Mariners, Angels start year with high expectations

( – The Seattle Mariners haven’t been to the postseason
since 2001. They are hoping to change that this season, as the Mariners kick
off their campaign against the defending American League West champion Los
Angeles Angels of Anaheim at Safeco Field.

The road back to the playoffs started last offseason for Seattle when it
signed second baseman Robinson Cano away from the New York Yankees to the tune
of $240 million. Cano did his part, but had little help in a lineup that
scored just 3.91 runs per game.

So, the Mariners continued to open their wallets this winter and agreed to a
four-year, $57 million deal with slugger Nelson Cruz, who hit an AL-best 40
home runs last season for the Baltimore Orioles.

Maybe not as bold as Cruz, Seattle also added outfielder Seth Smith. With
those two, as well as Cano, burgeoning superstar Kyle Seager, who himself
received a $100 million extension this offseason, Austin Jackson, Logan
Morrison and Mike Zunino, the Mariners have a lineup that should finish better
than the bottom-three in runs scored that it did a year ago.

How can you talk about the Mariners, though, and not mention Felix Hernandez?

Hernandez had another spectacular year in 2014 and will be on the hill Monday
for his eighth Opening Day start.

It was a historic season in 2014 for King Felix, as he put forth the best
statistical season of his career and a new major-league record with 16
consecutive starts in which he allowed two or fewer runs in at least seven
innings of work.

Hernandez was 15-6 last season and led the league with a 2.14 ERA and a 0.915
WHIP (walks plus hits per inning pitched) over 34 starts. He was also fourth
in the league with 248 strikeouts and held opponents to a league low average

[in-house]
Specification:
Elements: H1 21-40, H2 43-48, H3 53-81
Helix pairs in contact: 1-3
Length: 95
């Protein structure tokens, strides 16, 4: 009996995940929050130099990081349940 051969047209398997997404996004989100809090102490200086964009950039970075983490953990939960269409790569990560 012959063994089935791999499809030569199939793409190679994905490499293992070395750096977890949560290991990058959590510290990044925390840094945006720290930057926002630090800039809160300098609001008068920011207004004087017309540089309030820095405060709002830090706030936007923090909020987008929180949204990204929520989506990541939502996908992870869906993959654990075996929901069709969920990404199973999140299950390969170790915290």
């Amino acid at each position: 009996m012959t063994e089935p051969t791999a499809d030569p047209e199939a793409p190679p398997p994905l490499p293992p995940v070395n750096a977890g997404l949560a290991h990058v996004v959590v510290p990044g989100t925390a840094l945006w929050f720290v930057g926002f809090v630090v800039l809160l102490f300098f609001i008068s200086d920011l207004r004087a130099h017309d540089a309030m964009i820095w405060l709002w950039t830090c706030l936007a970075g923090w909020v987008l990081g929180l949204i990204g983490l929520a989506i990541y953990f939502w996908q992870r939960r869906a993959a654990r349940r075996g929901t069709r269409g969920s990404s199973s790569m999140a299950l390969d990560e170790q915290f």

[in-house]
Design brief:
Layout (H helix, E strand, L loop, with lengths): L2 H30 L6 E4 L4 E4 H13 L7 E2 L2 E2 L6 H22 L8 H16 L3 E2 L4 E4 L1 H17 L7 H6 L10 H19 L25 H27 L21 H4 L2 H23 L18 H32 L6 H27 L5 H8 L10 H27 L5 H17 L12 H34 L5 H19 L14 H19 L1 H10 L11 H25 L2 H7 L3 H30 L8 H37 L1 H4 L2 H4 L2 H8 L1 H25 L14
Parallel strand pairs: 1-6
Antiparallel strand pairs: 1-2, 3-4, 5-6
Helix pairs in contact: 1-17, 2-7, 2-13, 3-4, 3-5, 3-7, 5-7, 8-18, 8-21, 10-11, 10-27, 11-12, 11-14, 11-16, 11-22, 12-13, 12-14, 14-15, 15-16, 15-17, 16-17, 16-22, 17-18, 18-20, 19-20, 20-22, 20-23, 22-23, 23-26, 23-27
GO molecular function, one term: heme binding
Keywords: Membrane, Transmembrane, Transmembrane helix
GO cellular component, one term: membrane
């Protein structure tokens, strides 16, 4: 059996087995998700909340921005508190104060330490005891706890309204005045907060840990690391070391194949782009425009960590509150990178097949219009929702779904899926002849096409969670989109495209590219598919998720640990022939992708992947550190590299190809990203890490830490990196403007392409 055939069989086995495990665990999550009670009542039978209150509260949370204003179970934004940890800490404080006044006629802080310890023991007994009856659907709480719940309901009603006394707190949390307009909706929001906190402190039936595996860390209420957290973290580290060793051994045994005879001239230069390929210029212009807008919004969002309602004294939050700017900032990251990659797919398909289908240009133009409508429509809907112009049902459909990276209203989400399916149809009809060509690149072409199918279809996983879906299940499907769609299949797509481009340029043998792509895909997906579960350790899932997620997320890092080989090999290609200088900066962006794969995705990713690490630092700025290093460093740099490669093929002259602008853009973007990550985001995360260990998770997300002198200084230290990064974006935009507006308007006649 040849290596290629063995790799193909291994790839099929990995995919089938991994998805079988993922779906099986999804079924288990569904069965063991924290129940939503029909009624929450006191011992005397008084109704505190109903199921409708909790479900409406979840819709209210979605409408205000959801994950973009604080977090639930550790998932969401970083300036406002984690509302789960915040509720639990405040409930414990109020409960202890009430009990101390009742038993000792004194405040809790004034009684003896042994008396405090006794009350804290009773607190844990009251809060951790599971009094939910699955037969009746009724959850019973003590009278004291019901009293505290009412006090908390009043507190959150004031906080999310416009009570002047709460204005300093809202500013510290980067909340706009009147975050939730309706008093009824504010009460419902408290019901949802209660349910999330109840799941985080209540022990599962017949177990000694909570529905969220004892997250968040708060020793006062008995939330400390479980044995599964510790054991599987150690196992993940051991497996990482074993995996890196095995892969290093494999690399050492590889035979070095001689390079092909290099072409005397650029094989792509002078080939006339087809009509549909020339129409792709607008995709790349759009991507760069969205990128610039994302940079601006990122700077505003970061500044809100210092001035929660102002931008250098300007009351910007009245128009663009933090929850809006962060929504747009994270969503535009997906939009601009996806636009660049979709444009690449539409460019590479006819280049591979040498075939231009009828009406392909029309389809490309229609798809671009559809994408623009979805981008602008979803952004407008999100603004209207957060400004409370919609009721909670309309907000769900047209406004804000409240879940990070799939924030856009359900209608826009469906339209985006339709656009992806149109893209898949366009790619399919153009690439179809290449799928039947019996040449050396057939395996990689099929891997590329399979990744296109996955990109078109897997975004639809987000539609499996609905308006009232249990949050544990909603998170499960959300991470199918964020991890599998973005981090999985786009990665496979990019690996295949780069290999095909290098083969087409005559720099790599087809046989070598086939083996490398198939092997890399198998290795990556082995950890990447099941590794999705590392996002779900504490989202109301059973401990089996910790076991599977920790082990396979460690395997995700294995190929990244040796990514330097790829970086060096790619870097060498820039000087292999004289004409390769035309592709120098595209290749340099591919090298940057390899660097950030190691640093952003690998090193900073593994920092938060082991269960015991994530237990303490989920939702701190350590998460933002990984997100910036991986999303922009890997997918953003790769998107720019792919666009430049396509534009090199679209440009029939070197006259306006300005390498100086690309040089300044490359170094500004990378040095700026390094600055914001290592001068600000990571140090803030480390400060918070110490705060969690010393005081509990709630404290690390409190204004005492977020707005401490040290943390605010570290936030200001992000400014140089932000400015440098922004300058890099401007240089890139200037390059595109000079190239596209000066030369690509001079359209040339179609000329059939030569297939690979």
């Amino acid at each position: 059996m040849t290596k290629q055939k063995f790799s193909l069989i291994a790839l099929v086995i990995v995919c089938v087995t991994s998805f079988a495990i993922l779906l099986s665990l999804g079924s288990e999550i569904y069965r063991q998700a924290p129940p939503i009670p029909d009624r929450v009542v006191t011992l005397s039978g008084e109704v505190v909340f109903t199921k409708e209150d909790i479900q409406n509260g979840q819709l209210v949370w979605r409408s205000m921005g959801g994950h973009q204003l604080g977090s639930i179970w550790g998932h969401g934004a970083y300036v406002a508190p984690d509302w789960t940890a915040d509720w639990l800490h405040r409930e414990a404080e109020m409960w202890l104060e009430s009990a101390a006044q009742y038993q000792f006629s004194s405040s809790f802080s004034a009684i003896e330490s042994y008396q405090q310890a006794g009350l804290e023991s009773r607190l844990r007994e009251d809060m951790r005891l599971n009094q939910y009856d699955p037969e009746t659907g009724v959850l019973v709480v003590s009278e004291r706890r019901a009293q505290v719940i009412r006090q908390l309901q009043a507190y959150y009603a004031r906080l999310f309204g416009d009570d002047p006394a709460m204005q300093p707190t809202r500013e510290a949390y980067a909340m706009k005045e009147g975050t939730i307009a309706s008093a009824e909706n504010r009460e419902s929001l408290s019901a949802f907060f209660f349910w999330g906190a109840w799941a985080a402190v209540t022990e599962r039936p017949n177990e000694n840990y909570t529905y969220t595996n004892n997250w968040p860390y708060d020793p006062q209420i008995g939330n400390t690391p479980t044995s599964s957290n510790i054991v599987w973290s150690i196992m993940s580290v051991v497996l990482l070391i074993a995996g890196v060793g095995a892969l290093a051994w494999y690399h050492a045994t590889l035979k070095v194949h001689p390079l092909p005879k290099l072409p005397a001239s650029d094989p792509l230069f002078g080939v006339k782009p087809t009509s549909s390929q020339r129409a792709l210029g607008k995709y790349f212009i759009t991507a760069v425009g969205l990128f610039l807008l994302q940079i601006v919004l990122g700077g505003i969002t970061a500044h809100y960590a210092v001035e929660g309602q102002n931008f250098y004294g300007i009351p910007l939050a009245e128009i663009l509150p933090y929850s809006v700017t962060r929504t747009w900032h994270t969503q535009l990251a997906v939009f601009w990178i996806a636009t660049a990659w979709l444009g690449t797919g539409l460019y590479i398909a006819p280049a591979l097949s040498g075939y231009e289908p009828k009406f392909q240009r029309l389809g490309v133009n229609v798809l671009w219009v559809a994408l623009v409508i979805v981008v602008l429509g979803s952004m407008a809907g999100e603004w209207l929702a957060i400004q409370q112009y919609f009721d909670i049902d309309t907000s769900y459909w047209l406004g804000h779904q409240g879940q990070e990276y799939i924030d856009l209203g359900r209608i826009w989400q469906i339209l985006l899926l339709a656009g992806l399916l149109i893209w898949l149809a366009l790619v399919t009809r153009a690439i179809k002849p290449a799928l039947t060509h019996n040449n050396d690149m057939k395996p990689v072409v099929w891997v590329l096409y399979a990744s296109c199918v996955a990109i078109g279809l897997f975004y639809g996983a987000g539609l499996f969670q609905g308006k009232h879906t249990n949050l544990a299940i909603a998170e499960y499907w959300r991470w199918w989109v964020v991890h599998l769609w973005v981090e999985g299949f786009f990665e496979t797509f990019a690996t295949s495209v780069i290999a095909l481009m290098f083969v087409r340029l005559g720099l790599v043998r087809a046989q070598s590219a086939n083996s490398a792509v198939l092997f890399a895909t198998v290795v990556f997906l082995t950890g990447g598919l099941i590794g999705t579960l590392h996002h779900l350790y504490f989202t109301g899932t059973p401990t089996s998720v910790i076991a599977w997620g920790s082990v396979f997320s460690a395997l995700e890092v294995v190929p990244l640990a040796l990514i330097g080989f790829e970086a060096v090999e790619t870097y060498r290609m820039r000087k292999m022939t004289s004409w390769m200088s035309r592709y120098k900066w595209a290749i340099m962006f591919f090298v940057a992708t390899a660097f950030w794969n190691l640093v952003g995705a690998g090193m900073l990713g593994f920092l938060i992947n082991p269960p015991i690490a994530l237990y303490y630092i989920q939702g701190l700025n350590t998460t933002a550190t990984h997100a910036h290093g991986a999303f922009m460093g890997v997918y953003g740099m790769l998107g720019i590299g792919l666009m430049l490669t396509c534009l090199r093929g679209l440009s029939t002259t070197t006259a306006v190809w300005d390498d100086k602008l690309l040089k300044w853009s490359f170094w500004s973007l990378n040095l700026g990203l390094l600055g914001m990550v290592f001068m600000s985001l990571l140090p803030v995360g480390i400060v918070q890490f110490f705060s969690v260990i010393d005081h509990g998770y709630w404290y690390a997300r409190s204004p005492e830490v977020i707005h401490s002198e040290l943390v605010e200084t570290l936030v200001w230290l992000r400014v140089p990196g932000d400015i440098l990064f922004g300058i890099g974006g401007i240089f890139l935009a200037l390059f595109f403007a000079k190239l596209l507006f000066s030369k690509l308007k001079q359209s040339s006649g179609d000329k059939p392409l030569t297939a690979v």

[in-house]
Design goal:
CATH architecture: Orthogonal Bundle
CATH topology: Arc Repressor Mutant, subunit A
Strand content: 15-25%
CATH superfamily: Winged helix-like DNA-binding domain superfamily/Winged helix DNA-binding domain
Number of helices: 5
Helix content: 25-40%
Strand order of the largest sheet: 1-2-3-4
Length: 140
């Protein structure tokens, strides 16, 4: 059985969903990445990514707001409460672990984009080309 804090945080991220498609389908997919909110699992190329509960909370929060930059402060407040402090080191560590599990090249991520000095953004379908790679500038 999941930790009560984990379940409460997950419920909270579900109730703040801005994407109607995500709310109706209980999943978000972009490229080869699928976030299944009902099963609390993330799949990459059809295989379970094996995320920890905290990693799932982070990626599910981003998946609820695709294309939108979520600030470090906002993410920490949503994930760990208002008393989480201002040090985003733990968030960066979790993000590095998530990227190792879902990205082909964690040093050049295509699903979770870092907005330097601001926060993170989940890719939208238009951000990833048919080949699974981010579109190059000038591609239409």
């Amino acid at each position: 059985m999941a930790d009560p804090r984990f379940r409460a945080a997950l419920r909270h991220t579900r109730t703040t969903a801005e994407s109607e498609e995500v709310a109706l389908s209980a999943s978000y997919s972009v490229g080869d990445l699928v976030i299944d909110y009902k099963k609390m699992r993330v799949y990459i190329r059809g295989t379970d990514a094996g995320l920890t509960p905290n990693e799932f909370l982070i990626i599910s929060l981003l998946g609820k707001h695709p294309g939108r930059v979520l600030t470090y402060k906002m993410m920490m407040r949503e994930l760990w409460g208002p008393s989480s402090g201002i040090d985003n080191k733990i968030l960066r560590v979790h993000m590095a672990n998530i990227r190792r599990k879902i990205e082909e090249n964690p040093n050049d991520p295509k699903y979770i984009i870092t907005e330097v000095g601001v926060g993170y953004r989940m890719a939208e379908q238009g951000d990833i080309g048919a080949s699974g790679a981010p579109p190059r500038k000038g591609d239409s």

of .200.

Hernandez may receive all the headlines, but he is backed by some solid arms
in righty Hisashi Iwakuma and lefty James Paxton. This could also be the year
that prized prospect Taijuan Walker starts to break through.

What really makes the Mariners go, though, is their bullpen. Spearheaded by
closer Fernando Rodney, the Mariners’ bullpen ERA of 2.59 was the best in the
AL. It should be more of the same, as they return essentially the same unit.

Los Angeles, meanwhile, won more games than any team in baseball last year and
returned to the postseason for the first time since 2009 thanks in part to an
MVP season from Mike Trout and a nice bounce-back year from Albert Pujols.

Trout’s first taste of playoff action may have only lasted three games, as he
and his team ran into a buzzsaw named the Kansas City Royals, but the Halos
could be poised for some more October baseball.

Los Angeles outscored every team in the league last season, but those numbers
may go down with second baseman Howie Kendrick now playing for the Dodgers.
Still, Trout is the best player in the game and Pujols showed there was still
some life in his bat, swatting 28 home runs and knocking in 105 runs. Those
two, along with Kole Calhoun, Matt Joyce, C.J. Cron and Erik Aybar, still
provide as solid a lineup as any group in the AL.

The status of Josh Hamilton was somewhat cleared up on Friday when the Angels
found out that he would not be suspended following his relapse with drugs and
alcohol. The former AL MVP still may not be ready for some time, though, as he
is a rehabbing from offseason shoulder surgery.

Jered Weaver remains the leader of this staff, but he is nowhere near the
same pitcher he was a few years ago. Luckily, they have a pretty deep group
behind him in C.J. Wilson, Matt Shoemaker and Garrett Richards once he returns
from a knee injury that cut his breakout 2014 campaign short.

Weaver will start on Monday in his seventh Opening Day assignment.